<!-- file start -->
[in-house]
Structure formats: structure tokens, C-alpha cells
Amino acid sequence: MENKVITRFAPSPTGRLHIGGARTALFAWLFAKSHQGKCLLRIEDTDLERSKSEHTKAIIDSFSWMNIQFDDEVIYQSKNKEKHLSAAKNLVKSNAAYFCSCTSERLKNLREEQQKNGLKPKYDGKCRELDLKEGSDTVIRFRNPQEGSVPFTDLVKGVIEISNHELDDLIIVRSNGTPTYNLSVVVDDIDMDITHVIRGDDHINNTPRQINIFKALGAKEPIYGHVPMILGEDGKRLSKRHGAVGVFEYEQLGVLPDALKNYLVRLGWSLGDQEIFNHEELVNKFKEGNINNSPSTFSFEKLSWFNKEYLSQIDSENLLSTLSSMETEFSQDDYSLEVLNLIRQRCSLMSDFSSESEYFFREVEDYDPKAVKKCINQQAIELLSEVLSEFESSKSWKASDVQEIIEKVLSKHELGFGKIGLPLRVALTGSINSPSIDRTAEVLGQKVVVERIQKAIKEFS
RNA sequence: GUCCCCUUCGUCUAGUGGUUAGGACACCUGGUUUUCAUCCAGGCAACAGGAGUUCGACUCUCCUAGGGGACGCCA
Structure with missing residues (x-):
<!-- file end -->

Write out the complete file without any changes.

[in-house]
Structure formats: structure tokens, C-alpha cells
Amino acid sequence: MENKVITRFAPSPTGRLHIGGARTALFAWLFAKSHQGKCLLRIEDTDLERSKSEHTKAIIDSFSWMNIQFDDEVIYQSKNKEKHLSAAKNLVKSNAAYFCSCTSERLKNLREEQQKNGLKPKYDGKCRELDLKEGSDTVIRFRNPQEGSVPFTDLVKGVIEISNHELDDLIIVRSNGTPTYNLSVVVDDIDMDITHVIRGDDHINNTPRQINIFKALGAKEPIYGHVPMILGEDGKRLSKRHGAVGVFEYEQLGVLPDALKNYLVRLGWSLGDQEIFNHEELVNKFKEGNINNSPSTFSFEKLSWFNKEYLSQIDSENLLSTLSSMETEFSQDDYSLEVLNLIRQRCSLMSDFSSESEYFFREVEDYDPKAVKKCINQQAIELLSEVLSEFESSKSWKASDVQEIIEKVLSKHELGFGKIGLPLRVALTGSINSPSIDRTAEVLGQKVVVERIQKAIKEFS
RNA sequence: GUCCCCUUCGUCUAGUGGUUAGGACACCUGGUUUUCAUCCAGGCAACAGGAGUUCGACUCUCCUAGGGGACGCCA
Structure with missing residues (x-):